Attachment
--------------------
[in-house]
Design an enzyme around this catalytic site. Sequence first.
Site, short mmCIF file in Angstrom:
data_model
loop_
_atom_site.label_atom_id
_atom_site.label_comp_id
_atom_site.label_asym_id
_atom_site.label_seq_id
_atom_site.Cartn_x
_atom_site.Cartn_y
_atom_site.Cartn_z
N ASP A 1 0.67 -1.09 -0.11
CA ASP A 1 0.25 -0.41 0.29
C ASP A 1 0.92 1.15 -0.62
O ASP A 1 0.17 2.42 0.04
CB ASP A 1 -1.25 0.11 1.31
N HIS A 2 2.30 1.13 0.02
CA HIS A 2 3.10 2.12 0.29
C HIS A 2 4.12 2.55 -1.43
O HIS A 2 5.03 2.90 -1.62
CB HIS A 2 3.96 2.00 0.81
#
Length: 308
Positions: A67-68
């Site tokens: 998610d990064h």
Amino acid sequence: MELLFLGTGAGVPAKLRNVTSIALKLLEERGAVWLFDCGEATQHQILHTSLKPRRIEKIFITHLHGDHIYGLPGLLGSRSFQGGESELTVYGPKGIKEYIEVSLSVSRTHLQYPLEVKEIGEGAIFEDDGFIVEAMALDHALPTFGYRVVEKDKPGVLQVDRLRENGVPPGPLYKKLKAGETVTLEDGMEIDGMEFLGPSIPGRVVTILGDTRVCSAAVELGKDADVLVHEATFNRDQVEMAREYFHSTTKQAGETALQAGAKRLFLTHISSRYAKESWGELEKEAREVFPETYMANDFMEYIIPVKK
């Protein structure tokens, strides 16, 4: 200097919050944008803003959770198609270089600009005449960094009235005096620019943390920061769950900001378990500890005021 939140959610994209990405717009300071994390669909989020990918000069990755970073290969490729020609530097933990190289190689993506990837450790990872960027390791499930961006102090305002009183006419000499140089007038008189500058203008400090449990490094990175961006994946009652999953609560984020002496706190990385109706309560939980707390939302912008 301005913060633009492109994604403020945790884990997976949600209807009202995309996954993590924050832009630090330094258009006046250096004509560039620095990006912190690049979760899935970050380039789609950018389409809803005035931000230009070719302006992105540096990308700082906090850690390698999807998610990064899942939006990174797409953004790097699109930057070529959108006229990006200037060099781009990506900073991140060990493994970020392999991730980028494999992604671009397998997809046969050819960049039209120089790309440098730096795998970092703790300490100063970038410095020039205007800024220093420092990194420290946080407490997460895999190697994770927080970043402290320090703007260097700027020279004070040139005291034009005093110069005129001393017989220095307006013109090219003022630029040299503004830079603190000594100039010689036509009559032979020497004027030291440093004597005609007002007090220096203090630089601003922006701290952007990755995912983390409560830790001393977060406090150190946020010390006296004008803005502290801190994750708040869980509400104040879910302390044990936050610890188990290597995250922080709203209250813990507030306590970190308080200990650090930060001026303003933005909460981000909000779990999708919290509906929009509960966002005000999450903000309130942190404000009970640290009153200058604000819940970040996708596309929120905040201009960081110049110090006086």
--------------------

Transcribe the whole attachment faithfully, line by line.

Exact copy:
[in-house]
Design an enzyme around this catalytic site. Sequence first.
Site, short mmCIF file in Angstrom:
data_model
loop_
_atom_site.label_atom_id
_atom_site.label_comp_id
_atom_site.label_asym_id
_atom_site.label_seq_id
_atom_site.Cartn_x
_atom_site.Cartn_y
_atom_site.Cartn_z
N ASP A 1 0.67 -1.09 -0.11
CA ASP A 1 0.25 -0.41 0.29
C ASP A 1 0.92 1.15 -0.62
O ASP A 1 0.17 2.42 0.04
CB ASP A 1 -1.25 0.11 1.31
N HIS A 2 2.30 1.13 0.02
CA HIS A 2 3.10 2.12 0.29
C HIS A 2 4.12 2.55 -1.43
O HIS A 2 5.03 2.90 -1.62
CB HIS A 2 3.96 2.00 0.81
#
Length: 308
Positions: A67-68
């Site tokens: 998610d990064h």
Amino acid sequence: MELLFLGTGAGVPAKLRNVTSIALKLLEERGAVWLFDCGEATQHQILHTSLKPRRIEKIFITHLHGDHIYGLPGLLGSRSFQGGESELTVYGPKGIKEYIEVSLSVSRTHLQYPLEVKEIGEGAIFEDDGFIVEAMALDHALPTFGYRVVEKDKPGVLQVDRLRENGVPPGPLYKKLKAGETVTLEDGMEIDGMEFLGPSIPGRVVTILGDTRVCSAAVELGKDADVLVHEATFNRDQVEMAREYFHSTTKQAGETALQAGAKRLFLTHISSRYAKESWGELEKEAREVFPETYMANDFMEYIIPVKK
């Protein structure tokens, strides 16, 4: 200097919050944008803003959770198609270089600009005449960094009235005096620019943390920061769950900001378990500890005021 939140959610994209990405717009300071994390669909989020990918000069990755970073290969490729020609530097933990190289190689993506990837450790990872960027390791499930961006102090305002009183006419000499140089007038008189500058203008400090449990490094990175961006994946009652999953609560984020002496706190990385109706309560939980707390939302912008 301005913060633009492109994604403020945790884990997976949600209807009202995309996954993590924050832009630090330094258009006046250096004509560039620095990006912190690049979760899935970050380039789609950018389409809803005035931000230009070719302006992105540096990308700082906090850690390698999807998610990064899942939006990174797409953004790097699109930057070529959108006229990006200037060099781009990506900073991140060990493994970020392999991730980028494999992604671009397998997809046969050819960049039209120089790309440098730096795998970092703790300490100063970038410095020039205007800024220093420092990194420290946080407490997460895999190697994770927080970043402290320090703007260097700027020279004070040139005291034009005093110069005129001393017989220095307006013109090219003022630029040299503004830079603190000594100039010689036509009559032979020497004027030291440093004597005609007002007090220096203090630089601003922006701290952007990755995912983390409560830790001393977060406090150190946020010390006296004008803005502290801190994750708040869980509400104040879910302390044990936050610890188990290597995250922080709203209250813990507030306590970190308080200990650090930060001026303003933005909460981000909000779990999708919290509906929009509960966002005000999450903000309130942190404000009970640290009153200058604000819940970040996708596309929120905040201009960081110049110090006086």